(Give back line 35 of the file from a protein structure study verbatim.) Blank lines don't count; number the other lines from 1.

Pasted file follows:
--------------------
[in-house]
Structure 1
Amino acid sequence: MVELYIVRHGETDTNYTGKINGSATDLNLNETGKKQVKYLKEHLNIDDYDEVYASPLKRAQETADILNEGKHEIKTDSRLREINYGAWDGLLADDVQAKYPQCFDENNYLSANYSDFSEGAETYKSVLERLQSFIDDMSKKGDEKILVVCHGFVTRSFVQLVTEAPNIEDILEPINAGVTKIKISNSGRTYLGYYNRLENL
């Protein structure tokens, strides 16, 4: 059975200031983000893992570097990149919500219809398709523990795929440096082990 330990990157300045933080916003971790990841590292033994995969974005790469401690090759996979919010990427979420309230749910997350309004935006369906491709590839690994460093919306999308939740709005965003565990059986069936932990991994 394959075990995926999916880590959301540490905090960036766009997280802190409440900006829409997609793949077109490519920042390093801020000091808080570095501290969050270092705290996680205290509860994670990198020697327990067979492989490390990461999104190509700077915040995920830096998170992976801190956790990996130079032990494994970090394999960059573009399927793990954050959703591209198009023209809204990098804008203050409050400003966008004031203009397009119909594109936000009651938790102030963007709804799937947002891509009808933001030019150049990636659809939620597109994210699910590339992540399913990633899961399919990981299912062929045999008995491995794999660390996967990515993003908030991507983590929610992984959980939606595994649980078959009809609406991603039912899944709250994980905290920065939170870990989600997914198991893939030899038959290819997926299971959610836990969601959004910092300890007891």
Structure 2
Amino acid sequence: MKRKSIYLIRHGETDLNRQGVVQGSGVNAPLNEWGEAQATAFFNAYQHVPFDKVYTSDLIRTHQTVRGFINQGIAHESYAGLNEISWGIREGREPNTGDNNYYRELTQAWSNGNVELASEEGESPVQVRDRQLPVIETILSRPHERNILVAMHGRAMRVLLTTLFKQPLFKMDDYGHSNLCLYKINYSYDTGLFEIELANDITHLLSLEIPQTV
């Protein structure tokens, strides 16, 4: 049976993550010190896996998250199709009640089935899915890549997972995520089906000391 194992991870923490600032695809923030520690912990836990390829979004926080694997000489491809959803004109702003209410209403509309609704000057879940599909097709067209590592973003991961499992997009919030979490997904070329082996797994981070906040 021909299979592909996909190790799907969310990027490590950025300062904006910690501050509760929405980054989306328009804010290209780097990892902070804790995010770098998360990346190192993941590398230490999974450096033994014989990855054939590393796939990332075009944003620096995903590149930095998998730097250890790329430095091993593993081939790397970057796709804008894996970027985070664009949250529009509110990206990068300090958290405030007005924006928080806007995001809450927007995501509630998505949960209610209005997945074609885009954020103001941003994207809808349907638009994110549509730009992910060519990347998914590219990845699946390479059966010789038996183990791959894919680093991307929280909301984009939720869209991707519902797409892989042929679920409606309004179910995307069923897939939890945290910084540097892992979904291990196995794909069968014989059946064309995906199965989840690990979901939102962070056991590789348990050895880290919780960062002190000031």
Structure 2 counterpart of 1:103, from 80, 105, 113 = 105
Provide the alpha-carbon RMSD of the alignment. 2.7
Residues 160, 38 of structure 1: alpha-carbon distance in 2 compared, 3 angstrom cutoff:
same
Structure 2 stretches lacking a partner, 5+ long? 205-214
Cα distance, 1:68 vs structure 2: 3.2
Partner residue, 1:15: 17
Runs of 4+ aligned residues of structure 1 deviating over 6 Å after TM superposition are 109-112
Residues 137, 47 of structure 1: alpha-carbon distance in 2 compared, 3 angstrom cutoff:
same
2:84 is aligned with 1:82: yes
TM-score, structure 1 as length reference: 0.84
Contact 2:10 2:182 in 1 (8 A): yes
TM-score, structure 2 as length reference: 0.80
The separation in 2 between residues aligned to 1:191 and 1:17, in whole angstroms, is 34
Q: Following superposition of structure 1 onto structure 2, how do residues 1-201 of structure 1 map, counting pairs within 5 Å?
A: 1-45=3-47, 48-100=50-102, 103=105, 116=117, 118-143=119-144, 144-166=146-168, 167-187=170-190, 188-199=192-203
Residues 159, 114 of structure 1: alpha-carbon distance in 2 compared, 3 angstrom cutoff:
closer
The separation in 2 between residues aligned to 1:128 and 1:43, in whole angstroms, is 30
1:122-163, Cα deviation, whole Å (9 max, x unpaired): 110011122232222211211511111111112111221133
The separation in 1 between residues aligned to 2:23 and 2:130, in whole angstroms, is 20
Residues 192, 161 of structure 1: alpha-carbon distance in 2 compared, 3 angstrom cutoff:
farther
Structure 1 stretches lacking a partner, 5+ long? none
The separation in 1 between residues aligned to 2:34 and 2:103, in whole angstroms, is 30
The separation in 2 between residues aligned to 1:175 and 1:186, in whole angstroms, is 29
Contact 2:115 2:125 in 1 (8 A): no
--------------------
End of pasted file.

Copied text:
Contact 2:115 2:125 in 1 (8 A): no